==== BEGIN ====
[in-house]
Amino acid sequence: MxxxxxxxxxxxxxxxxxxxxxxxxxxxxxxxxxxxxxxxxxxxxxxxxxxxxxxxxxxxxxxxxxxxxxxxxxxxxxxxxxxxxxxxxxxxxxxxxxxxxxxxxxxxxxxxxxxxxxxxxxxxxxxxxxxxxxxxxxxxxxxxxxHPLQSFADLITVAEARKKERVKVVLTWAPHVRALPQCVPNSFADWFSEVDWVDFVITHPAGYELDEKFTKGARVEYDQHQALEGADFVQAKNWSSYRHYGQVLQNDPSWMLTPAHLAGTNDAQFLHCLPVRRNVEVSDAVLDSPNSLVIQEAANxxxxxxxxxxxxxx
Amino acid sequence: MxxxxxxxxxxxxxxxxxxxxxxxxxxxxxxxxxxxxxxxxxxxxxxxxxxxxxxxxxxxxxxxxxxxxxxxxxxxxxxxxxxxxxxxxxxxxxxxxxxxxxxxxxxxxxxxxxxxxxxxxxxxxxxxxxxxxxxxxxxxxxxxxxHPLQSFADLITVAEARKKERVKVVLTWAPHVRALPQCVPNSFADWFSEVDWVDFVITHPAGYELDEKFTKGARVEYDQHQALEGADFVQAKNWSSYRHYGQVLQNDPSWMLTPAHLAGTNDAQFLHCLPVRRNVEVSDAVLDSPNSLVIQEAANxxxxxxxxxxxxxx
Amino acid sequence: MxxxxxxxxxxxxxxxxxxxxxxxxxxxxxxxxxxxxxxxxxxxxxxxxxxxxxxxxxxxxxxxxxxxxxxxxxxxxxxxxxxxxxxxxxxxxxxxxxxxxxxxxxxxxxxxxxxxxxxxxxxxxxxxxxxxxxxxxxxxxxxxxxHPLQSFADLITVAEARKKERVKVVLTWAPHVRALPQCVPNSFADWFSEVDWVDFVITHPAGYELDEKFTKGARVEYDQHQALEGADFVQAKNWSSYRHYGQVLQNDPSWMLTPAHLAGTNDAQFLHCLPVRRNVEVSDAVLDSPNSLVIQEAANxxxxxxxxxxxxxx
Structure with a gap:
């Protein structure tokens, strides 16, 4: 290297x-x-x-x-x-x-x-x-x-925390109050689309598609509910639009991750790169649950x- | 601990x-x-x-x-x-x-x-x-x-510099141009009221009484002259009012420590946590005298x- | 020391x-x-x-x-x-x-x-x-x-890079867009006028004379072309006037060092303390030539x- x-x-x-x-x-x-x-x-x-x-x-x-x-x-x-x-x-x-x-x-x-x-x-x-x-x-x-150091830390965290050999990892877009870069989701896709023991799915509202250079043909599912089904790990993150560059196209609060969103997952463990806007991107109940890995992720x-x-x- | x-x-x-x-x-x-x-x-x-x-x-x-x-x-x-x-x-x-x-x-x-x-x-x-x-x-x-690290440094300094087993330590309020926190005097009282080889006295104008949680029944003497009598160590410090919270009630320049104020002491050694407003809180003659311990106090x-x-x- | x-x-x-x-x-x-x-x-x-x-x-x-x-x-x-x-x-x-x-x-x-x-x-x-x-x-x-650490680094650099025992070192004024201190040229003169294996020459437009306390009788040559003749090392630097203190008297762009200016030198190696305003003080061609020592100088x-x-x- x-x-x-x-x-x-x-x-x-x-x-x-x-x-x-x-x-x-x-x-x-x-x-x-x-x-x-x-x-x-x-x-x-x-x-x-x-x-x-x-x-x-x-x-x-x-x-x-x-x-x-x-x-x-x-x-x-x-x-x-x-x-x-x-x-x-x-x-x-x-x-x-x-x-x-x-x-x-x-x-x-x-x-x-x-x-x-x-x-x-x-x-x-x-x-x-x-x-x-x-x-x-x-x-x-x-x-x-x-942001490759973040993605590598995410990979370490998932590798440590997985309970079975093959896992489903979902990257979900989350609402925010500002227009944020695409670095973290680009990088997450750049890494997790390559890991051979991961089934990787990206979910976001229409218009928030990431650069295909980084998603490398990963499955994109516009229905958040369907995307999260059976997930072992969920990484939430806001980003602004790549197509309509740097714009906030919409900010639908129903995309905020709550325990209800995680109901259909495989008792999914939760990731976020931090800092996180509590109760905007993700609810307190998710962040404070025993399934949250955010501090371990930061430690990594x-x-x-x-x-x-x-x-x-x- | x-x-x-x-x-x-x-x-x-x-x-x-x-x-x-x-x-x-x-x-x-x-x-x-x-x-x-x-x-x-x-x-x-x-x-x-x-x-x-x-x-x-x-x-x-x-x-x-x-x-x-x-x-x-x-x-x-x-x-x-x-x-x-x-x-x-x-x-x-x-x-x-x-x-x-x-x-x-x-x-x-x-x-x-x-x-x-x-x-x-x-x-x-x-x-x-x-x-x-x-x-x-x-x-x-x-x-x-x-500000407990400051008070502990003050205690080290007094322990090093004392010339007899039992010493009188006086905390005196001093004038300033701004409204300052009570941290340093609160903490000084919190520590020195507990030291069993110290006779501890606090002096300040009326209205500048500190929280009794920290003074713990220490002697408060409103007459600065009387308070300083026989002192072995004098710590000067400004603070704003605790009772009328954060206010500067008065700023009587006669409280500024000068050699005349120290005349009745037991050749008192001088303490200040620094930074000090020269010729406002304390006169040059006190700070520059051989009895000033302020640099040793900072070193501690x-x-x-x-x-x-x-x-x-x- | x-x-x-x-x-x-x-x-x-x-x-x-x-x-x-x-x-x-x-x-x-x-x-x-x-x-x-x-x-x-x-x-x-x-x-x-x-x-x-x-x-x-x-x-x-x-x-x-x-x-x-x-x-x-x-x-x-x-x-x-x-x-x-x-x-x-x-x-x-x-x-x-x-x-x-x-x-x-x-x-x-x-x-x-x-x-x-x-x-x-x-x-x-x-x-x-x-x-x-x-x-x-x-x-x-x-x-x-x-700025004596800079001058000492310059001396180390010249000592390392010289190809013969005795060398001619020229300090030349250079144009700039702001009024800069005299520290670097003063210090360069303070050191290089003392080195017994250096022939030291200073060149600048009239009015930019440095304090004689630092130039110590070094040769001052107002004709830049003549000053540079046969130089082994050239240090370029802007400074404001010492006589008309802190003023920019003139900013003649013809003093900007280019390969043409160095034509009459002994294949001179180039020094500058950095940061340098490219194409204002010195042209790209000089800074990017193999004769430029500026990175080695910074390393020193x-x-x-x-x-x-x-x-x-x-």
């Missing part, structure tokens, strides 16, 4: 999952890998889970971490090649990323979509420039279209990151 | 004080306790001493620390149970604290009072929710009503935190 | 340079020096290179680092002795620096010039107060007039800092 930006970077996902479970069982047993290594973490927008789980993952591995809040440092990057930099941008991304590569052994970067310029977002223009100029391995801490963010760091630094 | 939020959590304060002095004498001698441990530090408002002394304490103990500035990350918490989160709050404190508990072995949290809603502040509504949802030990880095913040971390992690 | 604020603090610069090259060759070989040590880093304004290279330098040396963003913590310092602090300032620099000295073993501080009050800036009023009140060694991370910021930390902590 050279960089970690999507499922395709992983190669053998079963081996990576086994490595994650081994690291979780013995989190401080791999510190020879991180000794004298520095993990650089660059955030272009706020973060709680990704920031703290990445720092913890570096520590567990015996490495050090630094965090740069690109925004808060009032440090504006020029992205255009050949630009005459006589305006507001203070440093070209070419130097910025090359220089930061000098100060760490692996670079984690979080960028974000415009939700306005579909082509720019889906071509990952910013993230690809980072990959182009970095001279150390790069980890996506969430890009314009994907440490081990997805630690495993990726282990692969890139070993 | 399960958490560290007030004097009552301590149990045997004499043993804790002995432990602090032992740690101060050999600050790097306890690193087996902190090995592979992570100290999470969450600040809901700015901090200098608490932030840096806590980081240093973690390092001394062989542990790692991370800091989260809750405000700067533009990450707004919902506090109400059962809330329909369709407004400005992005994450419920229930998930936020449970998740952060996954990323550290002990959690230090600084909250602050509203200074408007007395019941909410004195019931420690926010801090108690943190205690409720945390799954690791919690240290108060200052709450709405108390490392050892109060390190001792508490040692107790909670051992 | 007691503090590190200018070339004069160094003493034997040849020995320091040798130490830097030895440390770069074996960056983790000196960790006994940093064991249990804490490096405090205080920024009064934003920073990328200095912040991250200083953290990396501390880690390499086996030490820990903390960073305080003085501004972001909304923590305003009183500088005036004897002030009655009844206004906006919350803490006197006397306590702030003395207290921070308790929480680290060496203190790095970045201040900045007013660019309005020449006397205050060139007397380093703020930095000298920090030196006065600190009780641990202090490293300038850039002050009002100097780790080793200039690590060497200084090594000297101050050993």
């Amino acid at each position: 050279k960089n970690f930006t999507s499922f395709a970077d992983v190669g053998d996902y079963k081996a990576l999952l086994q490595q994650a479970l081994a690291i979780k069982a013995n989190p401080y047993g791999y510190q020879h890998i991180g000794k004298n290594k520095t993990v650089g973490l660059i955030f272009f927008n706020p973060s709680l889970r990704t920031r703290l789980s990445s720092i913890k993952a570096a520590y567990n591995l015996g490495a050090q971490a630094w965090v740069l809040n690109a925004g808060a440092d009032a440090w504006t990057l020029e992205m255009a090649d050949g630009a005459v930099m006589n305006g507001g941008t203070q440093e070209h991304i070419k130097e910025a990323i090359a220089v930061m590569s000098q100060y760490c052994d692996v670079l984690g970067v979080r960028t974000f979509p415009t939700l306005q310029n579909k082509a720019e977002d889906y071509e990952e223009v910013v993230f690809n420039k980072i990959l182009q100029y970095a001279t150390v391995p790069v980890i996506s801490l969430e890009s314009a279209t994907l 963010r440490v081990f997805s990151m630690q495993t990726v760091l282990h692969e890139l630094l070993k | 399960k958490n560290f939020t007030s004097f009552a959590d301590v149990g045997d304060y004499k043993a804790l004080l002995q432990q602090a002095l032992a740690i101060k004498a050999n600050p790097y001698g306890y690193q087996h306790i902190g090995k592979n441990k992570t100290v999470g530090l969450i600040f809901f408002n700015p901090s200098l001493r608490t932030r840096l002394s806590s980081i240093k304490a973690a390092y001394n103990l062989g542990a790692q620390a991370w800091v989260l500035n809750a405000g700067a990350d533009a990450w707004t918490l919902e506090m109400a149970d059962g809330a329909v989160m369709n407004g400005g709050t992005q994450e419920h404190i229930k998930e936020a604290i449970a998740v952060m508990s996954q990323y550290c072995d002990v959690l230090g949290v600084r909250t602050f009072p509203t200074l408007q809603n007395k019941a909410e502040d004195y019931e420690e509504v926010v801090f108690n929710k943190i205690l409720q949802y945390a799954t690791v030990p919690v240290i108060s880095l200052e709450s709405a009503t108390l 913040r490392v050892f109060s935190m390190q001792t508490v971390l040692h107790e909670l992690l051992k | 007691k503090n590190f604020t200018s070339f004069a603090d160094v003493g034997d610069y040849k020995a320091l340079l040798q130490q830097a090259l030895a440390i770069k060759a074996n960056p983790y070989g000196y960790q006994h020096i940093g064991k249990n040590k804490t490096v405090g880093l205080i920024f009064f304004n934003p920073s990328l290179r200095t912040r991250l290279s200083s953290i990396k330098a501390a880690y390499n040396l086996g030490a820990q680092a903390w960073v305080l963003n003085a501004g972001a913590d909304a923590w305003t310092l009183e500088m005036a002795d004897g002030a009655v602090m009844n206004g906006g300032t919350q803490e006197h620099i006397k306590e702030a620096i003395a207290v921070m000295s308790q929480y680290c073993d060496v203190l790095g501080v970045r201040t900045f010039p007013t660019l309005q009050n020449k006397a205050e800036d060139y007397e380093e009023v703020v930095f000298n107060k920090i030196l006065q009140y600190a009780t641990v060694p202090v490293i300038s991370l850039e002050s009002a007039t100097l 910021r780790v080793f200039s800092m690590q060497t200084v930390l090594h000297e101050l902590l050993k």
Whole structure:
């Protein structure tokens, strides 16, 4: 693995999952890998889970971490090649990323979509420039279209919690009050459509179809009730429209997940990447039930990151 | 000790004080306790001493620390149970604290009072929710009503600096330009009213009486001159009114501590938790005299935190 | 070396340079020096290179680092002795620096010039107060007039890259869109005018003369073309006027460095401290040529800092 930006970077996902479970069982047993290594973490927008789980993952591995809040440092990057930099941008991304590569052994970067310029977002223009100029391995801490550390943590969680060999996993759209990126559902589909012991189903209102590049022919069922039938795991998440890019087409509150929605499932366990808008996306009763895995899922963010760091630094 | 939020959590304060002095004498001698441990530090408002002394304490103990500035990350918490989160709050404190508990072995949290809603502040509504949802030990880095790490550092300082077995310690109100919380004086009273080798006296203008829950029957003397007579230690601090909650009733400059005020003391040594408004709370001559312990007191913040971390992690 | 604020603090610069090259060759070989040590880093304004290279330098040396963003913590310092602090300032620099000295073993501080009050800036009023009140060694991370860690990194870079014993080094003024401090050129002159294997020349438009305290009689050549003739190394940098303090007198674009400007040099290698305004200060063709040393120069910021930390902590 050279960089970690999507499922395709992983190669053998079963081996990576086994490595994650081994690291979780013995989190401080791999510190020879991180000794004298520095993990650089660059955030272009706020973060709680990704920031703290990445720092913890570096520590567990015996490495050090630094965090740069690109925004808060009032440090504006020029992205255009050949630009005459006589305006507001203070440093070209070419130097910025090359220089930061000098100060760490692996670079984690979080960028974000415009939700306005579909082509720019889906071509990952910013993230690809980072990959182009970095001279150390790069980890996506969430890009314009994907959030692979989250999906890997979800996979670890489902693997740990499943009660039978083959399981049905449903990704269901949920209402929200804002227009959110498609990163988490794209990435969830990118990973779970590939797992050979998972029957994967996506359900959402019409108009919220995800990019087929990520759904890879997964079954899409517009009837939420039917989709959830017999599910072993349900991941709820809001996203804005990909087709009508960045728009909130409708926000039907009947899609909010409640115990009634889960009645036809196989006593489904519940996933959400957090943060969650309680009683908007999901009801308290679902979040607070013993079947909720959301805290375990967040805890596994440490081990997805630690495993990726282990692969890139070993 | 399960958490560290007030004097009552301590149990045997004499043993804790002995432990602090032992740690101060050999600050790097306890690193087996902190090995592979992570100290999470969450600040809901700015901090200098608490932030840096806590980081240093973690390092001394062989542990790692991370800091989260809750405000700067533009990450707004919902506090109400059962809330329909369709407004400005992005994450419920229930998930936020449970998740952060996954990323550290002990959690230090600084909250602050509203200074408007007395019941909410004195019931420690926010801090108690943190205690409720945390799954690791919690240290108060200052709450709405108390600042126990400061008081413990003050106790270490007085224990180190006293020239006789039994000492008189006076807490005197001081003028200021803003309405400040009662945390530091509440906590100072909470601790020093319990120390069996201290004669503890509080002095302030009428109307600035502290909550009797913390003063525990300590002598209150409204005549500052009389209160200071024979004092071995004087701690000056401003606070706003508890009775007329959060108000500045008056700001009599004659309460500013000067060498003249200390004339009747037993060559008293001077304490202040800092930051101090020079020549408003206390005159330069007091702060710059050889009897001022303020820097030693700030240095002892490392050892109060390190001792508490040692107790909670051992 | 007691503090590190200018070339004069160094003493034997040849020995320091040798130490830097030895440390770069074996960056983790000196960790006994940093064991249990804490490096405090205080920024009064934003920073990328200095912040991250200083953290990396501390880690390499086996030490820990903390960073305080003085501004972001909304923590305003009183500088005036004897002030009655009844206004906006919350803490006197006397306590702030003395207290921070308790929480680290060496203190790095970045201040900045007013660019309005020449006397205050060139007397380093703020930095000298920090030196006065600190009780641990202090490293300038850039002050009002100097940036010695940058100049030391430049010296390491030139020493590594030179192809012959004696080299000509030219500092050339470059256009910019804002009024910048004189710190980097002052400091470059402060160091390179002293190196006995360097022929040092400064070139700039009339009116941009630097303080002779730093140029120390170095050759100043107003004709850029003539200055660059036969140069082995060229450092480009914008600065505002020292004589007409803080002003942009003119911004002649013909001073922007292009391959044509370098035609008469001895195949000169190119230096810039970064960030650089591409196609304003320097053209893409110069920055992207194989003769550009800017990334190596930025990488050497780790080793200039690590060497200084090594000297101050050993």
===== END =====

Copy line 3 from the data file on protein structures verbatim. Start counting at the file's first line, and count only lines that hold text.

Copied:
Amino acid sequence: MxxxxxxxxxxxxxxxxxxxxxxxxxxxxxxxxxxxxxxxxxxxxxxxxxxxxxxxxxxxxxxxxxxxxxxxxxxxxxxxxxxxxxxxxxxxxxxxxxxxxxxxxxxxxxxxxxxxxxxxxxxxxxxxxxxxxxxxxxxxxxxxxxHPLQSFADLITVAEARKKERVKVVLTWAPHVRALPQCVPNSFADWFSEVDWVDFVITHPAGYELDEKFTKGARVEYDQHQALEGADFVQAKNWSSYRHYGQVLQNDPSWMLTPAHLAGTNDAQFLHCLPVRRNVEVSDAVLDSPNSLVIQEAANxxxxxxxxxxxxxx